how to squash negative thoughts

Every time you have a thought your brain releases chemicals. Think about that. (You just released some chemicals, by the way.)

What if many of your thoughts are negative? Yep, negative chemicals, going through every one of your bodily systems. If you struggle with many negative thoughts, you may have a case of the ANTs, or automatic negative thoughts. Dr. Daniel Amen coined the acronym many years ago in his book, Change Your Brain Change Your Life.

Amen has found that ANTS are the seeds of depression, anxiety, overeating, and being weak minded. Does this sound like you or someone you love? 

Amen identifies 9 types of negative thoughts which infiltrate our mind if we allow them to, like ants at a picnic, and make situations seem worse than they are. (As you read through this list, don’t lose hope. Keep reading for the healing solution!)

1. All or nothing – These are the ANTs that infest your brain when you think everything is good or all bad. It’s also referred to as black or white thinking.

When things are going well, “She loves me.” When things are not smooth, “She doesn’t love me.”

2. Always thinking – This is when you think in words that over generalize, such as “always,” “never,” “every time,” or “everyone”.

“I’ll never get in shape.” “Everyone at work hates me.”

3. Focusing on the negative – This ANT makes you see only the negative aspects of situations, even when there are plenty of positives.

“I know I lost 10 pounds, but I wanted to lose 15, so I’m a failure.”

4. Thinking with your feelings – Thoughts like this occur when you have a feeling about something and you assume it is correct, so you never question it. Feelings can lie too.

“I feel like my skin is never going to clear up.”

5. Guilt beating – Thinking in words like “should,” “must,” “ought to,” and “have to” are typical with this type of ANT, which involves using excessive guilt to control behavior. There are certainly things in life that we should and shouldn’t do, so don’t mistake your conscience keeping you on track for guilt beating ANTs.

6. Labeling – When you call yourself or someone else names or use negative terms to describe them, you have a labeling ANT in your brain.

“I’m a failure”. “I’m lazy.”

Beware of the red ANTs!

Amen call the last three the red ANTs because they can really sting.

7. Fortune-telling – Predicting the worst even though you don’t know what will happen. No one is safe from fortune telling ANTs.

“I just had a biopsy. I am sure it is cancer.”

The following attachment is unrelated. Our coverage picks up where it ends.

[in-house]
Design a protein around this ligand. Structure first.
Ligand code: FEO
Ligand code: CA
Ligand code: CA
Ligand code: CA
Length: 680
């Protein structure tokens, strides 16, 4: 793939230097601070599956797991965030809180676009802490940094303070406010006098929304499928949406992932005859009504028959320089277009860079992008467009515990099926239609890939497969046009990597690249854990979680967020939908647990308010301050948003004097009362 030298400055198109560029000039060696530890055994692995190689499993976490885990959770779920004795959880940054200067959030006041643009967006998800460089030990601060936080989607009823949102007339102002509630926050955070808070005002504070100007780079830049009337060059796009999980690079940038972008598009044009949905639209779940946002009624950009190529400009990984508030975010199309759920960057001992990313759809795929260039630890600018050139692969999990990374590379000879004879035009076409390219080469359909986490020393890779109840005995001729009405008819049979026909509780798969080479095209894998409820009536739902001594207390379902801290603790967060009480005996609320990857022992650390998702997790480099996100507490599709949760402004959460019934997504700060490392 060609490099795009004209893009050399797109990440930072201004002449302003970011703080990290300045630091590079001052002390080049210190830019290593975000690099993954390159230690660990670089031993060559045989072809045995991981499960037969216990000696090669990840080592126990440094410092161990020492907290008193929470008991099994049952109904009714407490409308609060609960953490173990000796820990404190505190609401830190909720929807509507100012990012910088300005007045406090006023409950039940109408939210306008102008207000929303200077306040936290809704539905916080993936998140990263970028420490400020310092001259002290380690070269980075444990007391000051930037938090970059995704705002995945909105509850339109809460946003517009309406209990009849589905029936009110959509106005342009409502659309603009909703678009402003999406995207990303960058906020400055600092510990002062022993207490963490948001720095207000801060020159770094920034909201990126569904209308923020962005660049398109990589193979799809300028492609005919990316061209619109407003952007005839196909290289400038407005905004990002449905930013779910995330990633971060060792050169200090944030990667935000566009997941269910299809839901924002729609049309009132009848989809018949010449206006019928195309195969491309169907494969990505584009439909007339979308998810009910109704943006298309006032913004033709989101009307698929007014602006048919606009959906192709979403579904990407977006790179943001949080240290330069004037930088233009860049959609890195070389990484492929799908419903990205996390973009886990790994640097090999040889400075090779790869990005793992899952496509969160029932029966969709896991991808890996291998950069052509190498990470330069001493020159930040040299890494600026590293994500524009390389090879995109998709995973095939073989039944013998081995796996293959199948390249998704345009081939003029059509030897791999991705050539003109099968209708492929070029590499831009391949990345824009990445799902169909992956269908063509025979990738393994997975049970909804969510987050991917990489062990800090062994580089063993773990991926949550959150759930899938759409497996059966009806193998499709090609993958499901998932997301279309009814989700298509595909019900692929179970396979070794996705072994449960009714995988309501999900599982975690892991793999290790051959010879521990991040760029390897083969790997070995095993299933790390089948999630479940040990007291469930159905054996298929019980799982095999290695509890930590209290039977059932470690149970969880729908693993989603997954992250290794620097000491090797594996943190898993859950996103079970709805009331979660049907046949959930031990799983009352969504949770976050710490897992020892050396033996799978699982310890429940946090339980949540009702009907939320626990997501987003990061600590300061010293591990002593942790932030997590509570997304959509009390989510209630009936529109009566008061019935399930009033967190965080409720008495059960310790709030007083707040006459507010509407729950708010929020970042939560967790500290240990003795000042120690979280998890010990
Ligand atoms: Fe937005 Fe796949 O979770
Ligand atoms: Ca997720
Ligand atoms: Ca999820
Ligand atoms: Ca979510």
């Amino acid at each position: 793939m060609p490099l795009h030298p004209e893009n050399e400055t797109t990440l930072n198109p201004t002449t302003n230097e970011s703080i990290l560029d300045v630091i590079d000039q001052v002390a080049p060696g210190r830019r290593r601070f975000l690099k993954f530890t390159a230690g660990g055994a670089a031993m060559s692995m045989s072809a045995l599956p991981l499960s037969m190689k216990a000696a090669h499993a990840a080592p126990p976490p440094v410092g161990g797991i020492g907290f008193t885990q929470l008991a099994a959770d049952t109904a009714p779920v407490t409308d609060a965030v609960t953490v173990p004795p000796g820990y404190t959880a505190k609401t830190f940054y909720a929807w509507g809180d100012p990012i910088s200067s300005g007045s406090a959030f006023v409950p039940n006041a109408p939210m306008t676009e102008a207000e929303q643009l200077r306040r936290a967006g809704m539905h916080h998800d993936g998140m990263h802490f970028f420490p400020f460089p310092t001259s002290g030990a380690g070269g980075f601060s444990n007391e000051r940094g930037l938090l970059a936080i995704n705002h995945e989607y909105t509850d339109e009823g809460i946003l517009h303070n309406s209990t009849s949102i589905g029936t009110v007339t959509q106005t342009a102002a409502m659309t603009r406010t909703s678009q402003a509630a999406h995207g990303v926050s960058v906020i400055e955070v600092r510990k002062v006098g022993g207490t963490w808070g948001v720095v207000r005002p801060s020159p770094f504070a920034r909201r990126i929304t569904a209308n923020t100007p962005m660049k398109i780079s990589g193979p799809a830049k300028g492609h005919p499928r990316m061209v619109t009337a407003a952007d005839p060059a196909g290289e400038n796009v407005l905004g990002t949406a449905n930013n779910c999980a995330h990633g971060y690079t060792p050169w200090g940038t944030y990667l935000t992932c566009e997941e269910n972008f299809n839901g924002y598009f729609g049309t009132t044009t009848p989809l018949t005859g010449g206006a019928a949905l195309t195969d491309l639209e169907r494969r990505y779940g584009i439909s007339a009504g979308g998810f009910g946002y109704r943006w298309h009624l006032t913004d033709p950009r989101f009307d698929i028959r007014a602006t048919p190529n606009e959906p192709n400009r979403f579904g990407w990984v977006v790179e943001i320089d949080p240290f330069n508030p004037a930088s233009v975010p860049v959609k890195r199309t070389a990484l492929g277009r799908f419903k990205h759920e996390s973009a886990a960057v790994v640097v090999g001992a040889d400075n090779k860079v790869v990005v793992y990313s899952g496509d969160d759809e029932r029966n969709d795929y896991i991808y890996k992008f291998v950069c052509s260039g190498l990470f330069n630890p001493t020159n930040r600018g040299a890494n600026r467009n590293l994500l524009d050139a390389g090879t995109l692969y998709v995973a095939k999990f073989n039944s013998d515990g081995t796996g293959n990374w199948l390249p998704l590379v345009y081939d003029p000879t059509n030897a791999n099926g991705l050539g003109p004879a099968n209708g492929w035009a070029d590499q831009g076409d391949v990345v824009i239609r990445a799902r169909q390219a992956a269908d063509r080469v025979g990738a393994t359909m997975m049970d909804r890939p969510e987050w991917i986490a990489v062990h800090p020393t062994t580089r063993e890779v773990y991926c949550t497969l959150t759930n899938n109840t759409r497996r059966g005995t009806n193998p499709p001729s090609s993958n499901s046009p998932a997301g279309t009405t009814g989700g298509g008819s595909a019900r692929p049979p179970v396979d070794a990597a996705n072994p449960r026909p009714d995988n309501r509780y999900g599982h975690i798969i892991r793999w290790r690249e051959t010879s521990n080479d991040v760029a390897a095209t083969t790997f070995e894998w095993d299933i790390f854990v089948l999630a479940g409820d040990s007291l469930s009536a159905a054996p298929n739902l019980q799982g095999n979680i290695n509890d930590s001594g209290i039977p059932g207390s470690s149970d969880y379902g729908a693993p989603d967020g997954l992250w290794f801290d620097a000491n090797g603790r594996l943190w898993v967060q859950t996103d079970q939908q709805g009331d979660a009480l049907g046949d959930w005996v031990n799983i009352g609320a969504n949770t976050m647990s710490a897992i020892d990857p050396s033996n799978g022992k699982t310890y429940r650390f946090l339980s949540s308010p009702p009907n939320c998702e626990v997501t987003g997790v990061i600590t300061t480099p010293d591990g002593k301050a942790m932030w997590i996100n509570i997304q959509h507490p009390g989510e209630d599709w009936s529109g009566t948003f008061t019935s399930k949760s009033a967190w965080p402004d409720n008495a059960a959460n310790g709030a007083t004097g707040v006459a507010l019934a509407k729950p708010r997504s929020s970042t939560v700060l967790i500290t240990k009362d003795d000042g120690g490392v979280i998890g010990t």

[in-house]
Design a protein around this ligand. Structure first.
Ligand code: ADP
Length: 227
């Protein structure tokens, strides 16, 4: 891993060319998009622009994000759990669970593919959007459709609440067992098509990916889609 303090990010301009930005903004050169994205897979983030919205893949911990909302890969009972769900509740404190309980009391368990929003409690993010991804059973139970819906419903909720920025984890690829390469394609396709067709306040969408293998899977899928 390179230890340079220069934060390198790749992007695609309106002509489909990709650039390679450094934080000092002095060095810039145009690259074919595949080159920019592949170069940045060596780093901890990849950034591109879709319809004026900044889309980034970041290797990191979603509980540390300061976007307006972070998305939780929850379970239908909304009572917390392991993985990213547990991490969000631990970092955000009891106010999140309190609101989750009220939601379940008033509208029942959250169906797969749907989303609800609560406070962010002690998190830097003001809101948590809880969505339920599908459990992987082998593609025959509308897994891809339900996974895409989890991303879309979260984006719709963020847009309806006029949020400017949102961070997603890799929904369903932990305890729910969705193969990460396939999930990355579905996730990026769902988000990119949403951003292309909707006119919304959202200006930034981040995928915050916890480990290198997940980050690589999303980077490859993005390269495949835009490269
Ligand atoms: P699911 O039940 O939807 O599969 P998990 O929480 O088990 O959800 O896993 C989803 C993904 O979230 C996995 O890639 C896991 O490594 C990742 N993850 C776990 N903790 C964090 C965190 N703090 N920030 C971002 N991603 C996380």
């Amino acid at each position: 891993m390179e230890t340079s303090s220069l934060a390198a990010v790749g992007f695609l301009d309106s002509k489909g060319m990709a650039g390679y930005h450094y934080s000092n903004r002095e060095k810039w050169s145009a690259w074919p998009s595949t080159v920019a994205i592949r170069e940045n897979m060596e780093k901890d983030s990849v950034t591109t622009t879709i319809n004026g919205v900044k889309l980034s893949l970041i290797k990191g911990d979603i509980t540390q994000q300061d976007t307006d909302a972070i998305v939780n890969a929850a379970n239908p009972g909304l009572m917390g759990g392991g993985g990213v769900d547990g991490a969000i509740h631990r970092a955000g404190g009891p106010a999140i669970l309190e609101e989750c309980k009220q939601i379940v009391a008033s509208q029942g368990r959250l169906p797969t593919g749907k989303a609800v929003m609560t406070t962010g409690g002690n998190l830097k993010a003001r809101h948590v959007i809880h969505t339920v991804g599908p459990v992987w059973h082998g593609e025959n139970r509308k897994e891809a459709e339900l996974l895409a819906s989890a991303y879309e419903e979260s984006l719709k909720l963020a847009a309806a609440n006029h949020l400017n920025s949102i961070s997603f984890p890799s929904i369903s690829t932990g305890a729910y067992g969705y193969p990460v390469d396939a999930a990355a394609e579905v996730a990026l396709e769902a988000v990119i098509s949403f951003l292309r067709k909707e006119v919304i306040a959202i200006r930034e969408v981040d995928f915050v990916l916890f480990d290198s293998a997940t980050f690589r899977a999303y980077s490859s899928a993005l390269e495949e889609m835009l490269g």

8. Mind reading – When you think that you know what somebody else is thinking even

though they have not told you, and you have not asked them.

“You weren’t thinking about me.”

9. Blame – Of all the ANTs, this one is the worst. Blaming others for your problems and taking no responsibility for your own successes and failures is toxic thinking.

“It is your fault I’m out of shape because you will not go with me to exercise.”

Whenever you begin a sentence with “it is your fault…” it ruins your life because you are thinking like a victim.

What to do

All of us get many crazy thoughts, and we do not have to give power to everything that crosses through our minds. All is not lost. You can create an “internal anteater” to kill the negative thoughts coming through your brain.

Byron Katie, Loving What Is

1. Is it true?

2. If yes, Can I absolutely know that it’s true, with absolute certainty?

3. How do I feel when I believe that thought?

4. How would you feel if you didn’t have that thought?

Lastly, take the original thought and turn it to its opposite.

It just makes sense that if you don’t have the thoughts that are bothering you, you feel more peaceful, hopeful, fulfilled. If you have ever said or heard someone say, “I can’t help how I feel,” that is a flat out lie. What we think will inform our feelings, which will likely inform our behaviors.

So, write the troubling thought down. Investigate the thought. Turn it around.

We can all learn to think differently, and if we don’t take charge of our thoughts we are susceptible to being blown around like leaves in the wind. Taking charge of your thoughts (or regaining control of them) is the key to a fulfilling and enjoyable life. 

Practice makes positive thoughts!

Rev. Greg Griffin is a Board Certified Pastoral Counselor, Amen Certified Brain Health Coach, and Forgiveness Coach in private practice in Marietta, GA. His specialty is relationship repair and rescue- helping partners, spouses, and parents and their adolescents. He’s also the author of Dungeon Times Survival Guide, and Vital Faith.

How's Your Love Life?

We’d love to send you our
“Eight Moves to Improve Your Love Life”
Tip Sheet!

Here’s another free relationship resource.
To receive FREE daily encouragement texts, text to: 81010 this  message: @lifefuel3

You’re safe with us. We will never share your contact information.